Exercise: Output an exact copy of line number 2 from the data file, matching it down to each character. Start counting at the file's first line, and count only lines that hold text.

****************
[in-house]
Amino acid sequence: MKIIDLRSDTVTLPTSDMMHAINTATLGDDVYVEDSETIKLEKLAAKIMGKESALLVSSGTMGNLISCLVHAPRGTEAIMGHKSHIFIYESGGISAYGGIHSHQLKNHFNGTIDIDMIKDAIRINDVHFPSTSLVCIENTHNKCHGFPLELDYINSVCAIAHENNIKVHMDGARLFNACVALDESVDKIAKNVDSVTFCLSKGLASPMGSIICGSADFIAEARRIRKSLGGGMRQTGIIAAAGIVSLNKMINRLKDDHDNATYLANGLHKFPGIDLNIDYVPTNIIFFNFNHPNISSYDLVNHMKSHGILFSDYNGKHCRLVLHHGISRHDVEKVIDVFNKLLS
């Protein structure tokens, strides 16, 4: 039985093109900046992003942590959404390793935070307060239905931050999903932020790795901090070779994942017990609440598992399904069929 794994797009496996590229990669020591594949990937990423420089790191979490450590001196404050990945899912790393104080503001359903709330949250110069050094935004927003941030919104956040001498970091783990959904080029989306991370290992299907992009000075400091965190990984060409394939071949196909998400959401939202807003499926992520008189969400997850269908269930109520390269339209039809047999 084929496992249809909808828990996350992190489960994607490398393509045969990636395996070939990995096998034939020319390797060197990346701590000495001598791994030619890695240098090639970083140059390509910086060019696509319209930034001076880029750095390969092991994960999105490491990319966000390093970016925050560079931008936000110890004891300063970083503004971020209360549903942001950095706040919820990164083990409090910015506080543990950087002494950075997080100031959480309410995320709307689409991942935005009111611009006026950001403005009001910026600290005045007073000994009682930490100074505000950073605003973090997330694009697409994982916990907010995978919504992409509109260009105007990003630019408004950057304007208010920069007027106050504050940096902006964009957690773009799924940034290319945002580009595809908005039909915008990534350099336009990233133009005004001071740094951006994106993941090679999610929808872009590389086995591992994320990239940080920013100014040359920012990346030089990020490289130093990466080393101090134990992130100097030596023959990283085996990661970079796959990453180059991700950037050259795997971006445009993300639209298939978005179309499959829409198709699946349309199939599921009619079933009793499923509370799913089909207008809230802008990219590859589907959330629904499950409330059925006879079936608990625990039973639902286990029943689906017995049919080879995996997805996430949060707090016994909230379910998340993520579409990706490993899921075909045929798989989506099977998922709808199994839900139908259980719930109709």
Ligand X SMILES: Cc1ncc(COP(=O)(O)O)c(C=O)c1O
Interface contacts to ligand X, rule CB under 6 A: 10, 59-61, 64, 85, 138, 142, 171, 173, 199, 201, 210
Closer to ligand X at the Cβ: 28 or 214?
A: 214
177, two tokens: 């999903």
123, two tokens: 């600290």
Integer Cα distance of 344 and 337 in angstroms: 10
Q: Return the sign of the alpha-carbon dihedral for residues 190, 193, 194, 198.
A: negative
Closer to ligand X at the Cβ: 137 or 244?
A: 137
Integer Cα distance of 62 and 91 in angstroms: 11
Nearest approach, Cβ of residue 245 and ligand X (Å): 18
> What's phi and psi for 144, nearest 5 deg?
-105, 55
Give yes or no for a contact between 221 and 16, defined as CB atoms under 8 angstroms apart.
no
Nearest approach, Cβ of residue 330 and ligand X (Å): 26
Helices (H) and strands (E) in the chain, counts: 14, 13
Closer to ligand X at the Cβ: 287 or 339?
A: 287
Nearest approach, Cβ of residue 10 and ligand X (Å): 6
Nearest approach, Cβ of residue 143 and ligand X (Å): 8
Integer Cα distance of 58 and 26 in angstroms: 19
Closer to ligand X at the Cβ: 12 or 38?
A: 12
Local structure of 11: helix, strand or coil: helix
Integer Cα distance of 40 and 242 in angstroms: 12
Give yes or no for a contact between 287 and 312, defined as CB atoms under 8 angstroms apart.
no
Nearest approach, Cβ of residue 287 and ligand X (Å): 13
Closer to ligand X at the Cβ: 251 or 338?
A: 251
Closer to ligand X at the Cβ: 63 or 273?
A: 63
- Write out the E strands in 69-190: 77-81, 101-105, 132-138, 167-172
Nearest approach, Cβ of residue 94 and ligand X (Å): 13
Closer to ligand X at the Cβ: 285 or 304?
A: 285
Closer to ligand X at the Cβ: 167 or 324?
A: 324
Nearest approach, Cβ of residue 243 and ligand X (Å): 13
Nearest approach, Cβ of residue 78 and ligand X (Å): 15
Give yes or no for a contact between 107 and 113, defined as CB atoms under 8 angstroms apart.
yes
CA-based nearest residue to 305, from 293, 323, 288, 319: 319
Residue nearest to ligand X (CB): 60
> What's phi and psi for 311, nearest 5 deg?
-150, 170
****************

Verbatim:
Amino acid sequence: MKIIDLRSDTVTLPTSDMMHAINTATLGDDVYVEDSETIKLEKLAAKIMGKESALLVSSGTMGNLISCLVHAPRGTEAIMGHKSHIFIYESGGISAYGGIHSHQLKNHFNGTIDIDMIKDAIRINDVHFPSTSLVCIENTHNKCHGFPLELDYINSVCAIAHENNIKVHMDGARLFNACVALDESVDKIAKNVDSVTFCLSKGLASPMGSIICGSADFIAEARRIRKSLGGGMRQTGIIAAAGIVSLNKMINRLKDDHDNATYLANGLHKFPGIDLNIDYVPTNIIFFNFNHPNISSYDLVNHMKSHGILFSDYNGKHCRLVLHHGISRHDVEKVIDVFNKLLS